In this letter John H. Britton, Jr., managing editor of JET, encloses a copy of a photograph of Dr. King reading a novel, "The Prize," in a hospital bed. The photograph was sent to Dr. King after the author of the novel, Irving Wallace, also requested a copy.

Letter from Loretta Abbott to MLK

Letter from Maude Ballou to MLK

Maude Ballou, Dr. King's personal secretary at the Montgomery Improvement Association, writes to Dr. King during his recovery at Harlem Hospital in New York, after being stabbed a few days before. Ms. Ballou provides Dr. King a detailed report of pending correspondences awaiting his attention.

Letter from Maude to MLK

Maude extends her wishes for the rapid recovery of Dr. King, following a stabbing in New York. She assures him that she is holding down the fort and provides him with a breakdown of correspondences that he has received.

Letter from Miss McDonald to Rev. J. Martin England

In this letter, Dora McDonald tells Rev. England that Dr.King spent a few days in the hospital. She asks for Rev. England to send the insurance forms for Dr.King to complete.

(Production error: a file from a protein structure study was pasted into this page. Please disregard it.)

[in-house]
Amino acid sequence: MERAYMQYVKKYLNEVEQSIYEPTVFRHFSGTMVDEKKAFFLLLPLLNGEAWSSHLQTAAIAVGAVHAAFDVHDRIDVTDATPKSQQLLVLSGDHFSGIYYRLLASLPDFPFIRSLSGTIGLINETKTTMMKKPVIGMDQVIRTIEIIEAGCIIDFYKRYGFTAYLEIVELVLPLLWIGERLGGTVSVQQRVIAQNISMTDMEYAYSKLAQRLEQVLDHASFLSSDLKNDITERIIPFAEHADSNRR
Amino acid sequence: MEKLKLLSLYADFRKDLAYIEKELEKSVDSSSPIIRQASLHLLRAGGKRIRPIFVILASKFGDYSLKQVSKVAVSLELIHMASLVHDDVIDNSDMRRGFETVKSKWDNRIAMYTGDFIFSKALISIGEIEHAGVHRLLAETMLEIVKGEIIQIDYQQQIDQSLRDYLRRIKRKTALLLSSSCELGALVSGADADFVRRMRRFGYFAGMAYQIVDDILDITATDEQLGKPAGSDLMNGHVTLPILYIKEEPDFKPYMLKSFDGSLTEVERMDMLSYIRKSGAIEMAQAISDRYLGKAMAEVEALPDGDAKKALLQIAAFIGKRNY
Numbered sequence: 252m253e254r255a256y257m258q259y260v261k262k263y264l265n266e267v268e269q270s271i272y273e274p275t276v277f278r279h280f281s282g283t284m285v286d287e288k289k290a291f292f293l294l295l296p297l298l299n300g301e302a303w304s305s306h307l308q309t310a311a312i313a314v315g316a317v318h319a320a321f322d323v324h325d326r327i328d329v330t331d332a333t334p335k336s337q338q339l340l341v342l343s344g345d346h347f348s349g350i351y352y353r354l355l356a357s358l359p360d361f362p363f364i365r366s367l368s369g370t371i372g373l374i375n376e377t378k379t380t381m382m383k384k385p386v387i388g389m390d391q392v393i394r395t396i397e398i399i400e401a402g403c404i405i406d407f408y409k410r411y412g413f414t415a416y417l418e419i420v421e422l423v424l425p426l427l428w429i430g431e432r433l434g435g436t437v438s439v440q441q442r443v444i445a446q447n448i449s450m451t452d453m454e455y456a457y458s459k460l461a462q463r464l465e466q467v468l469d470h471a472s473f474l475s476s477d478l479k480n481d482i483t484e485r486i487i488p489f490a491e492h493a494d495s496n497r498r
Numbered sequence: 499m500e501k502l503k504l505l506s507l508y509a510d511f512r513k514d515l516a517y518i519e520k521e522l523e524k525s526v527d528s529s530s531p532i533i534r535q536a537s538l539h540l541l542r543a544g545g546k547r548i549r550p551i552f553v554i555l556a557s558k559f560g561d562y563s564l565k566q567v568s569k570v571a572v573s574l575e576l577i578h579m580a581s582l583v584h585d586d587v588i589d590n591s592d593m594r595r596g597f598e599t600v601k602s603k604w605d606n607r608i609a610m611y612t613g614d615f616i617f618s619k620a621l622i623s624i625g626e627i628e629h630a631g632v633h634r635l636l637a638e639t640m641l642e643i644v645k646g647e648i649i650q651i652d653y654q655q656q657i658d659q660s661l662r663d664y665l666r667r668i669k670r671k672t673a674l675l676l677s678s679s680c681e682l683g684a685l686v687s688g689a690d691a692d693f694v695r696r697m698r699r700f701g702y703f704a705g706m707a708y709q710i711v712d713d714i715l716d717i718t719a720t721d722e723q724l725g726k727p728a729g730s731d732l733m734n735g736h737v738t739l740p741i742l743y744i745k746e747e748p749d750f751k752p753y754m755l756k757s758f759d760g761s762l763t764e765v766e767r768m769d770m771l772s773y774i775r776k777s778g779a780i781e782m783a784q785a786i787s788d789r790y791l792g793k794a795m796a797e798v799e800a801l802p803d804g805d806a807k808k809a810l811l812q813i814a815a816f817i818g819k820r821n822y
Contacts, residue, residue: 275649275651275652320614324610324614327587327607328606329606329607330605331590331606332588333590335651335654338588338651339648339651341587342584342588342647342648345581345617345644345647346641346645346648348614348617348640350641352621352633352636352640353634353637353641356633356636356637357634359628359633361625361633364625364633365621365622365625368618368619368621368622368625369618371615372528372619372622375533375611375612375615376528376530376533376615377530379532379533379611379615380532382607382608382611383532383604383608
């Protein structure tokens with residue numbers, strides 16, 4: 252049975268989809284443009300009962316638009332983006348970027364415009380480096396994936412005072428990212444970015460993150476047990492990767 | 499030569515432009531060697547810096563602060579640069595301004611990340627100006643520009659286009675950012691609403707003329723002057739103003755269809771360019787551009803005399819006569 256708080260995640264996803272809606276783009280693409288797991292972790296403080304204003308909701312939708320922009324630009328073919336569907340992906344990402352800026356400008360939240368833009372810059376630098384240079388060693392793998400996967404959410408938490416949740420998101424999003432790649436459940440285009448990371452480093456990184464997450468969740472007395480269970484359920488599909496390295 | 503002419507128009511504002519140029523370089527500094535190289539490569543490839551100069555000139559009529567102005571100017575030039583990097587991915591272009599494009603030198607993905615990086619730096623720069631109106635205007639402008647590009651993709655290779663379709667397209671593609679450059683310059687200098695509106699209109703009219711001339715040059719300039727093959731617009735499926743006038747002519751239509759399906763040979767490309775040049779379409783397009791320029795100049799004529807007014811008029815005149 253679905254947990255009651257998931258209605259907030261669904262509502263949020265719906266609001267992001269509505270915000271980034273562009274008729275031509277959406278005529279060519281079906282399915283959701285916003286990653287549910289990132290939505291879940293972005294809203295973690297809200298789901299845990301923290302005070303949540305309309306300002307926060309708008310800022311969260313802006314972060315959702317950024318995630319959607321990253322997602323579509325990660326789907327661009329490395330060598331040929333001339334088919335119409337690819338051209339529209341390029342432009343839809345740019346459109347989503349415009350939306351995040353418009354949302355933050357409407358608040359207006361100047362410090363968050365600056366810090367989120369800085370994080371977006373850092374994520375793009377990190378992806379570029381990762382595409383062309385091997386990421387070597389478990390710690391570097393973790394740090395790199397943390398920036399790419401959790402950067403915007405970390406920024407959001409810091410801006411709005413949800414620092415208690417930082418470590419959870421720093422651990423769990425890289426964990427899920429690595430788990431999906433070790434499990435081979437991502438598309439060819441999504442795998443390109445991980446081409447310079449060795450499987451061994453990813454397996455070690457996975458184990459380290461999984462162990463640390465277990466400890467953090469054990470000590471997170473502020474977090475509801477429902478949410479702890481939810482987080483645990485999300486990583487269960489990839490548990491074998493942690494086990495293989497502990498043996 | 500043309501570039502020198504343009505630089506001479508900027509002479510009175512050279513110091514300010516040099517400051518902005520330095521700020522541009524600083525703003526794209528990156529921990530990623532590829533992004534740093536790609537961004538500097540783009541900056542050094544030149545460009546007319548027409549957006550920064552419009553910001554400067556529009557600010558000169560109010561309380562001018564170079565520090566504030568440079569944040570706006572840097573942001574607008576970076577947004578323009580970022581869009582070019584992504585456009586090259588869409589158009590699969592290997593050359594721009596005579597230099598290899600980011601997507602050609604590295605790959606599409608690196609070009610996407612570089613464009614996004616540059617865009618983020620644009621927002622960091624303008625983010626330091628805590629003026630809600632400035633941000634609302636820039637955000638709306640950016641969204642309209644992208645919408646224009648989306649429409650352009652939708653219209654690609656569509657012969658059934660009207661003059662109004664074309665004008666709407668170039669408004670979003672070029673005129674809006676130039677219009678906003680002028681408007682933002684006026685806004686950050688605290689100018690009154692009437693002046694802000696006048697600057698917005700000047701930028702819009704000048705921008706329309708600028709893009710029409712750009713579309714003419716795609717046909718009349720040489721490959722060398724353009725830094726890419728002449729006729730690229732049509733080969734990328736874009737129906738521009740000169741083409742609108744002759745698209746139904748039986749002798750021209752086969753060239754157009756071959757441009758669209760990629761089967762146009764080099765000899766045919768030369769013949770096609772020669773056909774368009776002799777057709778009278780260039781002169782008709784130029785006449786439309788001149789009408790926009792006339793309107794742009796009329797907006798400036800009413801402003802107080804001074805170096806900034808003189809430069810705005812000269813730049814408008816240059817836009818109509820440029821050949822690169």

Letter from MLK to Dr. & Mrs. Bacon

Dr. King, in this letter, thanked Mr. and Mrs. Bacon for their kind donation of $200 sent to him, during his recovery from a nearly fatal stabbing in 1958. He acknowledges his readiness to rejoin those fighting in the battle for civil rights, once his healing process is complete.

Letter from MLK to Dr. L. K. Jackson

Dr. King regretfully informs Dr. L. K. Jackson that the Sunday he wants to preach at Ebenezer is one of the three Sundays that he is obliged to preach. Dr. King states the he knows Pastor Jackson understands his schedule and he would love to have him speak at his church in the future. Dr. King connects Pastor Jackson to Reverend Abernathy so that he can preach at his church.

Letter from MLK to Rev. M. C. Williams

Dr. King thanks Rev. Murphy C. Williams for his hospitality during his visit to Denver and for raising funds for the SCLC.

Letter from R. Abraham to MLK